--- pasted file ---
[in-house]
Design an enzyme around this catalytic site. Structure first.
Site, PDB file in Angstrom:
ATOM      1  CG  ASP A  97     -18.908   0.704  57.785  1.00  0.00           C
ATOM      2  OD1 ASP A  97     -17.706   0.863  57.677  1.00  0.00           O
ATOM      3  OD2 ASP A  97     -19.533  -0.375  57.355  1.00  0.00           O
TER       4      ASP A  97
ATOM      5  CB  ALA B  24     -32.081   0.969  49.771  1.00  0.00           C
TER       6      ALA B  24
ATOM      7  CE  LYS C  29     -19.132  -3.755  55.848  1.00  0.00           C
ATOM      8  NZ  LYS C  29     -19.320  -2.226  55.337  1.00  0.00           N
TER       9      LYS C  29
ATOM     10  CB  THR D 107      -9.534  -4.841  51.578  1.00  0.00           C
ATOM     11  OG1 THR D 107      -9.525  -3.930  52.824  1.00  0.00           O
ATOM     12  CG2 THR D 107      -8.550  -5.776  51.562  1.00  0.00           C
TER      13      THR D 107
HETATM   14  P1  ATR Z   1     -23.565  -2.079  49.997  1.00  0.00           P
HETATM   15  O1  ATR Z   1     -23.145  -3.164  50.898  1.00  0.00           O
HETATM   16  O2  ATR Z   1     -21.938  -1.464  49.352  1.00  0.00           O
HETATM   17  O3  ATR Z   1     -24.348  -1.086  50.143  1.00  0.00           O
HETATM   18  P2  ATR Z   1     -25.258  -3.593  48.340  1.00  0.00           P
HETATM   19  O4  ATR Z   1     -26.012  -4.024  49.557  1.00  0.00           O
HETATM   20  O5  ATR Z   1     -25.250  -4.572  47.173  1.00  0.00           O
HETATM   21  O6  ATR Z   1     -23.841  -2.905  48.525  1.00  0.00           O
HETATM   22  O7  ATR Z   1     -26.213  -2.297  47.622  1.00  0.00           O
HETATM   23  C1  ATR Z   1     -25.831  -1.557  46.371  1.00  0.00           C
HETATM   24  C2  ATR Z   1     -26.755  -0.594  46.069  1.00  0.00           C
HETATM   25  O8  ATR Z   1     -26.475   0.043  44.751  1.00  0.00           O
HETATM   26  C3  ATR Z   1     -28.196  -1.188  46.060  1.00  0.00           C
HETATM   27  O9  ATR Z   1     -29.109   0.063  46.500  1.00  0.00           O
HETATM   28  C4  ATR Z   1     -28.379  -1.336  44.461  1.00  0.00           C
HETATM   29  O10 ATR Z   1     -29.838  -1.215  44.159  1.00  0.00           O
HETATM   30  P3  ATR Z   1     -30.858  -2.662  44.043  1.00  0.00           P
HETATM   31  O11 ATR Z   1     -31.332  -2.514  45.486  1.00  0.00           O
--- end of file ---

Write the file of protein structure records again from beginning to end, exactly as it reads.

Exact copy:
[in-house]
Design an enzyme around this catalytic site. Structure first.
Site, PDB file in Angstrom:
ATOM      1  CG  ASP A  97     -18.908   0.704  57.785  1.00  0.00           C
ATOM      2  OD1 ASP A  97     -17.706   0.863  57.677  1.00  0.00           O
ATOM      3  OD2 ASP A  97     -19.533  -0.375  57.355  1.00  0.00           O
TER       4      ASP A  97
ATOM      5  CB  ALA B  24     -32.081   0.969  49.771  1.00  0.00           C
TER       6      ALA B  24
ATOM      7  CE  LYS C  29     -19.132  -3.755  55.848  1.00  0.00           C
ATOM      8  NZ  LYS C  29     -19.320  -2.226  55.337  1.00  0.00           N
TER       9      LYS C  29
ATOM     10  CB  THR D 107      -9.534  -4.841  51.578  1.00  0.00           C
ATOM     11  OG1 THR D 107      -9.525  -3.930  52.824  1.00  0.00           O
ATOM     12  CG2 THR D 107      -8.550  -5.776  51.562  1.00  0.00           C
TER      13      THR D 107
HETATM   14  P1  ATR Z   1     -23.565  -2.079  49.997  1.00  0.00           P
HETATM   15  O1  ATR Z   1     -23.145  -3.164  50.898  1.00  0.00           O
HETATM   16  O2  ATR Z   1     -21.938  -1.464  49.352  1.00  0.00           O
HETATM   17  O3  ATR Z   1     -24.348  -1.086  50.143  1.00  0.00           O
HETATM   18  P2  ATR Z   1     -25.258  -3.593  48.340  1.00  0.00           P
HETATM   19  O4  ATR Z   1     -26.012  -4.024  49.557  1.00  0.00           O
HETATM   20  O5  ATR Z   1     -25.250  -4.572  47.173  1.00  0.00           O
HETATM   21  O6  ATR Z   1     -23.841  -2.905  48.525  1.00  0.00           O
HETATM   22  O7  ATR Z   1     -26.213  -2.297  47.622  1.00  0.00           O
HETATM   23  C1  ATR Z   1     -25.831  -1.557  46.371  1.00  0.00           C
HETATM   24  C2  ATR Z   1     -26.755  -0.594  46.069  1.00  0.00           C
HETATM   25  O8  ATR Z   1     -26.475   0.043  44.751  1.00  0.00           O
HETATM   26  C3  ATR Z   1     -28.196  -1.188  46.060  1.00  0.00           C
HETATM   27  O9  ATR Z   1     -29.109   0.063  46.500  1.00  0.00           O
HETATM   28  C4  ATR Z   1     -28.379  -1.336  44.461  1.00  0.00           C
HETATM   29  O10 ATR Z   1     -29.838  -1.215  44.159  1.00  0.00           O
HETATM   30  P3  ATR Z   1     -30.858  -2.662  44.043  1.00  0.00           P
HETATM   31  O11 ATR Z   1     -31.332  -2.514  45.486  1.00  0.00           O